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Psychopharmacology (Berl). 1999 Oct;146(3):290-6.

Nornicotine is self-administered intravenously by rats.

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  • 1Department of Psychology, University of Kentucky, Lexington, KY 40506, USA. mbardo@pop.uky.edu

Abstract

RATIONALE:

Nicotine is a tobacco alkaloid known to be important in the acquisition and maintenance of tobacco smoking. However, other constituents in tobacco may contribute to the dependence liability.

OBJECTIVE:

The present report sought to determine whether nornicotine, a tobacco alkaloid and metabolite of nicotine, has a reinforcing effect.

METHODS:

Rats were prepared with a jugular catheter, then were allowed to self-administer intravenously either S(-)-nicotine (0.03 mg/kg/infusion), RS(+/-)-nornicotine (0.3 mg/kg/infusion) or saline using a two-lever operant procedure. The response requirement for each infusion was incremented gradually from a fixed ratio 1 (FR1) to FR5. When responding stabilized on the FR5, other doses of nicotine (0.01 mg/kg/infusion and 0.06 mg/kg/infusion) and nornicotine (0.075, 0.15, and 0.6 mg/kg/infusion) were tested for their ability to control responding.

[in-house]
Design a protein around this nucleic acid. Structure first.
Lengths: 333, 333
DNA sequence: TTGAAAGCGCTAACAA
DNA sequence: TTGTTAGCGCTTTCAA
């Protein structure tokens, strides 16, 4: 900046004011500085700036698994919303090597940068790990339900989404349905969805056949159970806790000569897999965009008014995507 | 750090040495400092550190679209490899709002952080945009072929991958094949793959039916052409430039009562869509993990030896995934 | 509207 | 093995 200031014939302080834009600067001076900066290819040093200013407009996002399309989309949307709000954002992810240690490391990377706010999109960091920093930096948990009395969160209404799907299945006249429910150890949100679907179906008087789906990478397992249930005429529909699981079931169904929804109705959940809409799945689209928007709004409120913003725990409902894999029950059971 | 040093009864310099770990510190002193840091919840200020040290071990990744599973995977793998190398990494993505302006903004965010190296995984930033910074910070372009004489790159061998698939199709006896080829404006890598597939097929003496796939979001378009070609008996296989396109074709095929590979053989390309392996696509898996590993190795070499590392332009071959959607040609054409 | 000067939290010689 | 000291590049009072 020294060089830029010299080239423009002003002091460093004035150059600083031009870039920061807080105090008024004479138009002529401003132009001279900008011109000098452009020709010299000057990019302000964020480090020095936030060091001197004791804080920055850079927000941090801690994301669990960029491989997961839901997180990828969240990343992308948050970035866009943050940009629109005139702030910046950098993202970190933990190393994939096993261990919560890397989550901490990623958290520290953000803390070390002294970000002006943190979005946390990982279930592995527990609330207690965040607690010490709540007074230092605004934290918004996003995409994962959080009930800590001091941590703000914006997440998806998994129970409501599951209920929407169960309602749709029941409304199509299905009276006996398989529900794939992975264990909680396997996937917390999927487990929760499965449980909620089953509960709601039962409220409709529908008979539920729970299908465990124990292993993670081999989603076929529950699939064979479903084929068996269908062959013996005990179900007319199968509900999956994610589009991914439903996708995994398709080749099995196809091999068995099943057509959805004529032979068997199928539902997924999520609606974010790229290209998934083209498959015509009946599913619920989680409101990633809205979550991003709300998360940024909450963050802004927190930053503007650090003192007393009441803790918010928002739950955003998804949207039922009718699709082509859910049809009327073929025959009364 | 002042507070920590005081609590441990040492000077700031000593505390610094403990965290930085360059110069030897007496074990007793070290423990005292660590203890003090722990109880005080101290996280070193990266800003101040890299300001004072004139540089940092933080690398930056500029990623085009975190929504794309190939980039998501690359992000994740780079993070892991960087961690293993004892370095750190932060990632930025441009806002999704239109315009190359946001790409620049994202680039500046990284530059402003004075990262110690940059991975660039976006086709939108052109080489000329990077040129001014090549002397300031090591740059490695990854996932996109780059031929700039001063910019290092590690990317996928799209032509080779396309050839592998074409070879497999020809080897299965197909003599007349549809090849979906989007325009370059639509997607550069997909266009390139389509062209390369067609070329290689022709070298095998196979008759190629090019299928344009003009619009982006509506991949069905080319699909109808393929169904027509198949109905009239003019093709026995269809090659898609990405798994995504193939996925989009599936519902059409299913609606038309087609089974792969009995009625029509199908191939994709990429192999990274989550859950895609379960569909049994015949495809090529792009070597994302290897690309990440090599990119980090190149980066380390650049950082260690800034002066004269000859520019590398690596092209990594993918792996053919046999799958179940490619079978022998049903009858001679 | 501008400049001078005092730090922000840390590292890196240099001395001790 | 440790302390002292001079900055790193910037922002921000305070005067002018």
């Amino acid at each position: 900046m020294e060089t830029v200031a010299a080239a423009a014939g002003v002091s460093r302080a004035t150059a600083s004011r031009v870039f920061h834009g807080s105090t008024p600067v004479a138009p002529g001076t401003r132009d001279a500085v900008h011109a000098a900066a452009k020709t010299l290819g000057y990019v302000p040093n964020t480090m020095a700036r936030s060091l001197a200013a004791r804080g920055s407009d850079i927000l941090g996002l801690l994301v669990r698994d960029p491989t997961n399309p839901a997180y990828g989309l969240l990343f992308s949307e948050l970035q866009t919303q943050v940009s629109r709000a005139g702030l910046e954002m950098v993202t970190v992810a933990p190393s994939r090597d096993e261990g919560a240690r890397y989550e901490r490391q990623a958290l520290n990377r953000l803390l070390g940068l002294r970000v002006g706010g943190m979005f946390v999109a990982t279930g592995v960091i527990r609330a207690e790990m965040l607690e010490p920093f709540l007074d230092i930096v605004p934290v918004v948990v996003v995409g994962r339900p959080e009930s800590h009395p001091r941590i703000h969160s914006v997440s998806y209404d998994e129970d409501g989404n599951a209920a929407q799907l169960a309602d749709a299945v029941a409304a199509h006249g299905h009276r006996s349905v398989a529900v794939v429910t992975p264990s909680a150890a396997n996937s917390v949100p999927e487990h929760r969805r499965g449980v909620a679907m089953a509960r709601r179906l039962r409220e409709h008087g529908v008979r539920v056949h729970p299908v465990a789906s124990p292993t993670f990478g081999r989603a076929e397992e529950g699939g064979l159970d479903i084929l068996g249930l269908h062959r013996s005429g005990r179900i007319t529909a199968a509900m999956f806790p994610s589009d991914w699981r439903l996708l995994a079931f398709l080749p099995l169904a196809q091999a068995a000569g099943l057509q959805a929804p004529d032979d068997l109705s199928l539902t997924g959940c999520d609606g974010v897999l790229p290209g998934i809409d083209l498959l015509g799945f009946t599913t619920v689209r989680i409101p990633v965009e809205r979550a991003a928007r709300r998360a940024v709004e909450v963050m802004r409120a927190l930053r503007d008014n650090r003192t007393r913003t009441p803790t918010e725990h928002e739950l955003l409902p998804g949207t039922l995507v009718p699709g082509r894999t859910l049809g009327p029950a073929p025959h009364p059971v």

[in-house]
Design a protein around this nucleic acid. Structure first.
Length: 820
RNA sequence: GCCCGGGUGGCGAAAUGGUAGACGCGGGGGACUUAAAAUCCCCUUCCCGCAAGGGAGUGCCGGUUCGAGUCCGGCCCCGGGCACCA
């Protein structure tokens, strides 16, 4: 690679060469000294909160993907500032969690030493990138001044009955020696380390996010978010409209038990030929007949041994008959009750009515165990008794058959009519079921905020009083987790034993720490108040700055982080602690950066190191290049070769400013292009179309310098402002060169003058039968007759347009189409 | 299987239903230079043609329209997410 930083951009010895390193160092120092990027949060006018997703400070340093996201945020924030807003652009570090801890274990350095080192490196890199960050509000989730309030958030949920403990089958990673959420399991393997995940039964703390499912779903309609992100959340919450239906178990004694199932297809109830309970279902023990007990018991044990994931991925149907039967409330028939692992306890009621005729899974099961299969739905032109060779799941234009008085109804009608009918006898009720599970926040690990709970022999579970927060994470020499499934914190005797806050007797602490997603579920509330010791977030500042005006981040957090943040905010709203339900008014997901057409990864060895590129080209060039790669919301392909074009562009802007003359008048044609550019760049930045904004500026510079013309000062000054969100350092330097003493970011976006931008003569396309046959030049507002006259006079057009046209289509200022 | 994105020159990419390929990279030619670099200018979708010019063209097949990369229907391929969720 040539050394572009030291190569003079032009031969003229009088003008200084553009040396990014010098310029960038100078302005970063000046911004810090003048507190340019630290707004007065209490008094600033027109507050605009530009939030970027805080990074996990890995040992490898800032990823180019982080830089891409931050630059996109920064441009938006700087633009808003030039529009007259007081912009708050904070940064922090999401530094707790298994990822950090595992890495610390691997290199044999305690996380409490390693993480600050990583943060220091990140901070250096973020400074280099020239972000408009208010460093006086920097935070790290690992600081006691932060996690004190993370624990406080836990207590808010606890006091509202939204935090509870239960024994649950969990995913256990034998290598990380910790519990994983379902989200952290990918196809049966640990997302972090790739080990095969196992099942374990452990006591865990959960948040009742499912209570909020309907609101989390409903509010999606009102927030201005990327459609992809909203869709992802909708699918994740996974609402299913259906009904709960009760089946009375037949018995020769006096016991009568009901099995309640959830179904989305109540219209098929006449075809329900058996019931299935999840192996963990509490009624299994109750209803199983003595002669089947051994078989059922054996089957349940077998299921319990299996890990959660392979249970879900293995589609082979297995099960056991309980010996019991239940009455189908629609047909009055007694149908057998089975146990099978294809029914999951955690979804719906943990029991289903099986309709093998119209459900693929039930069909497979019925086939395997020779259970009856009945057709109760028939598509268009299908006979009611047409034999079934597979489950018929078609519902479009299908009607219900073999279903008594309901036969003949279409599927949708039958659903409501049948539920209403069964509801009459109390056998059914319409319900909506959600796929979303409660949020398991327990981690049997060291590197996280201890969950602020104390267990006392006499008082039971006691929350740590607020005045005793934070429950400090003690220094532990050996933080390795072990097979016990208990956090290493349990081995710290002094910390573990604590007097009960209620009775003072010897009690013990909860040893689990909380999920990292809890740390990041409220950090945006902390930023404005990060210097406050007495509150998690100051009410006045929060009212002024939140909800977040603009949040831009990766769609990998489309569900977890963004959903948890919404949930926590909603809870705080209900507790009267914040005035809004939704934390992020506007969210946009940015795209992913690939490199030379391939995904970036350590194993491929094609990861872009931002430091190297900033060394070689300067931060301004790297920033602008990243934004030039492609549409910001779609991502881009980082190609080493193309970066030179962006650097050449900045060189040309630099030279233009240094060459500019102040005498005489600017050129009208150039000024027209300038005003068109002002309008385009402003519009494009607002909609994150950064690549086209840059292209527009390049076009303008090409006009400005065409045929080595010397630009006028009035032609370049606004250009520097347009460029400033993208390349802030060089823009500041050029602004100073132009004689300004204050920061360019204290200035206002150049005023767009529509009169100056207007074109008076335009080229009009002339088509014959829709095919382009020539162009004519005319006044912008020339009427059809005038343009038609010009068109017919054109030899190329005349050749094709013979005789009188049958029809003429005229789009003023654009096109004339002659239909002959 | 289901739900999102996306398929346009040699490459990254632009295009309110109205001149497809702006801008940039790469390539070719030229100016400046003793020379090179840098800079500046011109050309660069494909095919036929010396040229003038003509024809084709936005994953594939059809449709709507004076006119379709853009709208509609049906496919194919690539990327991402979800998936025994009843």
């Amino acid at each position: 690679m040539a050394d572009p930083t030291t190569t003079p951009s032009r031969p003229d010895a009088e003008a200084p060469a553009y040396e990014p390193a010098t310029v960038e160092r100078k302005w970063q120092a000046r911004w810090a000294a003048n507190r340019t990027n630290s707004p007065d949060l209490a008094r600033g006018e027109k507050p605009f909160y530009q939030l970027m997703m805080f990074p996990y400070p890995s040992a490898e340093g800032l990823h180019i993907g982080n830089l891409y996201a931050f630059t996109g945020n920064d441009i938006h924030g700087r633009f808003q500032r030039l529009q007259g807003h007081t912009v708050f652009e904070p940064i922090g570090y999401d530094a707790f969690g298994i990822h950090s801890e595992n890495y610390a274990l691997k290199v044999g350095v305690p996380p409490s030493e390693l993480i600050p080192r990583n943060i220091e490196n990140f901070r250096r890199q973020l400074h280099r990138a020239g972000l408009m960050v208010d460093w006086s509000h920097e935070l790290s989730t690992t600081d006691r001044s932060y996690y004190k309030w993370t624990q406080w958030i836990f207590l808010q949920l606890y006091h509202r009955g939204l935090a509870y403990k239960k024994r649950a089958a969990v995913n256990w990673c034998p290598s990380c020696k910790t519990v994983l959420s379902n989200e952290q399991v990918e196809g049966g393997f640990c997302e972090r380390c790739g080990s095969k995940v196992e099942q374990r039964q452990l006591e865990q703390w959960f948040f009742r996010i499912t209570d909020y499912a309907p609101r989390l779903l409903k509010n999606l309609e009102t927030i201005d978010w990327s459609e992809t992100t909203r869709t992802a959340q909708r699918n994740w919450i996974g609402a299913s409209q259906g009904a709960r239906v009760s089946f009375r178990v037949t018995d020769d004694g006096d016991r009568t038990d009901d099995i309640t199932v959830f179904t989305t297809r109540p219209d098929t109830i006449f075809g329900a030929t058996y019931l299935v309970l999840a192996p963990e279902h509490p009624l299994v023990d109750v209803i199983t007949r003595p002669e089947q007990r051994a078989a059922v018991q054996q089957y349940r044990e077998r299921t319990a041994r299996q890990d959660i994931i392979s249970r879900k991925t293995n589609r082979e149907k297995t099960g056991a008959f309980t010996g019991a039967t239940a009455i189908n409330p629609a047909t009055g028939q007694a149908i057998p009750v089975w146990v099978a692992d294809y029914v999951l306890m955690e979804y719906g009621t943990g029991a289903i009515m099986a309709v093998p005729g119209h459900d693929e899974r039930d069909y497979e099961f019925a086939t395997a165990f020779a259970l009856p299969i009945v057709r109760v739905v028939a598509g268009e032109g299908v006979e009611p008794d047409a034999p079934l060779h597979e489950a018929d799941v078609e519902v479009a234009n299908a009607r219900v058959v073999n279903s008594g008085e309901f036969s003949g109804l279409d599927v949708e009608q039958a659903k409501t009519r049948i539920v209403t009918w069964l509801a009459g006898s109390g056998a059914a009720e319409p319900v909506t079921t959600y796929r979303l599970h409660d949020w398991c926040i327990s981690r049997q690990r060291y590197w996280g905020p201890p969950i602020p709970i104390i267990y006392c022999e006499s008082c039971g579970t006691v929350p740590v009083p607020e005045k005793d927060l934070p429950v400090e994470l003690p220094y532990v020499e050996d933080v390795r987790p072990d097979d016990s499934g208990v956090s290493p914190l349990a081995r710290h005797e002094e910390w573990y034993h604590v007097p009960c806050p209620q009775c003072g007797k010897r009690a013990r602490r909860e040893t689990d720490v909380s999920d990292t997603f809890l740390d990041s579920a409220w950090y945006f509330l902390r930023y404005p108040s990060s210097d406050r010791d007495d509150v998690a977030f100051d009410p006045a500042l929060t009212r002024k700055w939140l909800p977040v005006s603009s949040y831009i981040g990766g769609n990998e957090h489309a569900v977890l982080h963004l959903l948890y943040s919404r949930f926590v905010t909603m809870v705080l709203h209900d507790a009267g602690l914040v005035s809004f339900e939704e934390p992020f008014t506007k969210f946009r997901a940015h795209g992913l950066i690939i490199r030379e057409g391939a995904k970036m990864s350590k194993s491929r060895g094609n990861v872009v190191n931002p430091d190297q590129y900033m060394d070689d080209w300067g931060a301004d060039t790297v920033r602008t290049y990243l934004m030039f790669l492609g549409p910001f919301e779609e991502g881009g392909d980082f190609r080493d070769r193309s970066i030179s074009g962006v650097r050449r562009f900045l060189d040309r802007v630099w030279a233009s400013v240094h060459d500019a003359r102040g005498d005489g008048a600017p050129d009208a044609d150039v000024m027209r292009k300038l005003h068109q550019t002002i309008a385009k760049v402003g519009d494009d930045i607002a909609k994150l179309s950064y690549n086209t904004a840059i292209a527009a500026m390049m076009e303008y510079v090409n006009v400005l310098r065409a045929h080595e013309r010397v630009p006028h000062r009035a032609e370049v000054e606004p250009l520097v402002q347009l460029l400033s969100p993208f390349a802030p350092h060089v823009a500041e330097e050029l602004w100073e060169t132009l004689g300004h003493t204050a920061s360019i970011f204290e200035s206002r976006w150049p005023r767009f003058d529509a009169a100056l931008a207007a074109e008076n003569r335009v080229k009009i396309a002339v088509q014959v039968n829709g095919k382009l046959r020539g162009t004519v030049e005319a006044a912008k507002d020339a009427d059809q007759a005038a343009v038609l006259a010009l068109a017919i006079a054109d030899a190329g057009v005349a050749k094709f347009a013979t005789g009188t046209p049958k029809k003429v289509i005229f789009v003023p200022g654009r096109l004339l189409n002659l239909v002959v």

RESULTS:

Similar to nicotine, rats self-administered nornicotine significantly above saline control levels. Within the dose ranges tested, both nicotine and nornicotine yielded relatively flat dose-response functions. Extinction of responding was evident when saline was substituted for nornicotine, and responding was reinstated when nornicotine again was available. The rate of nornicotine self-administration was similar between rats tested with either 24-h or 48-h inter-session intervals.

CONCLUSION:

These results indicate that nornicotine contributes to the dependence liability associated with tobacco use.

PMID:
10541729
[PubMed - indexed for MEDLINE]
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